Podcast Suicide: 5 Errors to Avoid

Here’s what NOT to do for your podcast’s success

Do you ever look back to when you were starting out podcasting and kick yourself over things you wish you had done differently? Stuff that you later figured out were making it hard for your podcast take off? Setting up a podcast is a learning process, but there are some slip-ups that you REALLY do not want to make!

Working at Spreaker, I’ve observed 5 mistakes in particular that inevitably damage a podcast’s potential to thrive. But once you’ve identified them, they’re actually pretty simple to avoid!

So if you are about to schedule your next episode, make sure you stay savvy and keep well away from these errors. Let your podcast soar, not sink!  

1. Refusing to recognize your target audience

While keeping a broad appeal is good, not targeting a specific bracket is like shooting yourself in the foot. It’s like refusing to recognize that you’re speaking to actual listeners, not just to thin air.

Start with the very basics: who is your model listener? Are they a man or a woman? Are they a 23-year-old student who is getting serious about politics, or a 55-year-old launching a new career? What do they get up to at the weekends?

It may feel weird at first to draw up an identikit of your ideal target audience member, but keeping this picture in mind will help you avoid going off on unrelated directions, and even really help you in matters such as deciding your episode’s duration or getting your podcast exposure on relevant platforms.

2. Not having a pre-launch marketing plan

This is no time to be modest. At the very beginning, you have got to be your very own cheerleader – cos if you don’t cheer, who will? Your launch is a great moment to capitalize on excitement – that energy is hard to regain at a later date, if you miss that opportunity.

A pre-launch marketing plan demonstrates confidence that you can pull this off and passion in your topic and the podcasting format. That’s the kind of attitude that intrigues listeners, even before being presented with the actual content.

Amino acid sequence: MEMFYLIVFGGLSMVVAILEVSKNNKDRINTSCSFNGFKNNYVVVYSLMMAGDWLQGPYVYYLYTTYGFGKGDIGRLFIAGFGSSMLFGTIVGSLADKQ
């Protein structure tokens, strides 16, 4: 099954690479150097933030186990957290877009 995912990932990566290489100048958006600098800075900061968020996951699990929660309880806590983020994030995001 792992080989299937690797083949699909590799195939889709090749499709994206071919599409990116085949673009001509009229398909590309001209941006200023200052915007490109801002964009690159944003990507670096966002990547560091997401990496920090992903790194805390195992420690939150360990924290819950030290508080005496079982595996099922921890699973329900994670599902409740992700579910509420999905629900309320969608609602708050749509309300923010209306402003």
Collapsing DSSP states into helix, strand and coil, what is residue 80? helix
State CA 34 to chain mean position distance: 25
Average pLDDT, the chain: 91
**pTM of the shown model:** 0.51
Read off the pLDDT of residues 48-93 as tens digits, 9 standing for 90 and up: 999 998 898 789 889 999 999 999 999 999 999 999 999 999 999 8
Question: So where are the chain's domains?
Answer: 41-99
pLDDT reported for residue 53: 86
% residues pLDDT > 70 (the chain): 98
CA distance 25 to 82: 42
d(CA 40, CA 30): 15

Give yourself a checklist for getting listeners on board with the hype from day 1:

  • Create a launch team of 20+ people that commit to downloading and sharing your podcast with all their networks too.
  • Build a database of influencers who can give a first boost to your audience
  • Have your social media pages building momentum, follow people in your target audience to encourage them to follow back
  • Search for the hottest trend related to your topic on Twitter
  • Set a launch date and a clear plan of the next episodes

3. Not bothering to submit to iTunes

Maybe you just haven’t got round to it yet. Maybe you are trying an alternative podcatcher service. But there’s no denying that the first place where listeners seek out podcasts is iTunes so no submitting yours amounts to podcast suicide.

Aside from the fact that many devices have iTunes pre-installed on them, making it the first point of call especially for podcast newbies, if you manage to get a high rate of downloads, subscriptions, rates and reviews podcast once it goes live, there is also the opportunity to be featured in the New and Noteworthy section in your first weeks, which will be a great boost for even more listeners taking notice.

Business podcaster Tyler Basu, whose podcast ranked at the top of iTunes’ USA New and Noteworthy charts when it launched, suggests that one clever way to better your chances is to be very strategic in how categorize your podcast. Consider also putting your podcast in several categories as well as subcategories that won’t be as broad and competitive.

4. Messing up your RSS feed

The magic touch of podcasting lies in the seamless way information syncs up, like a smooth dive into a pool. This is thanks to your RSS feed. Messing that up, well, it’s tantamount to a belly-flop: jarring and kinda cringe-worthy.

Always make sure to submit the same RSS feed on all the distributive platforms that you use, for every episode you publish. You should avoid at all costs spreading around different RSS according to the different platform that you use because you’ll never have one single link where people can access and download your podcast – therefore cutting you off from gathering clear, comprehensive statistics from across the board.

A singular RSS feed is easier to follow in case something goes wrong. An easy trick to keep on top of this is subscribing to your own podcast so you can quickly double-check your RSS feed is working once you publish new episodes.

5. Uploading your podcast directly onto your website

It’s nice to keep everything in one place, but that’s no reason for uploading your podcast files onto the same server as your website. First of all, hosting your podcast on your site will be a strain on your bandwidth and therefore make your website really slow. Secondly, the audio quality will not be so good.

Podcast hosting services are the answer, particularly when the podcast player can be fully embedded into your official website and customized to fit in with your branding. Host platforms such as Soundcloud, Libsyn, Spreaker and Podbean all offer embedded players, so it’s worth exploring the various different features – you’ll find that some are mobile-friendly, too, as well as being able to track plays, downloads, and likes.

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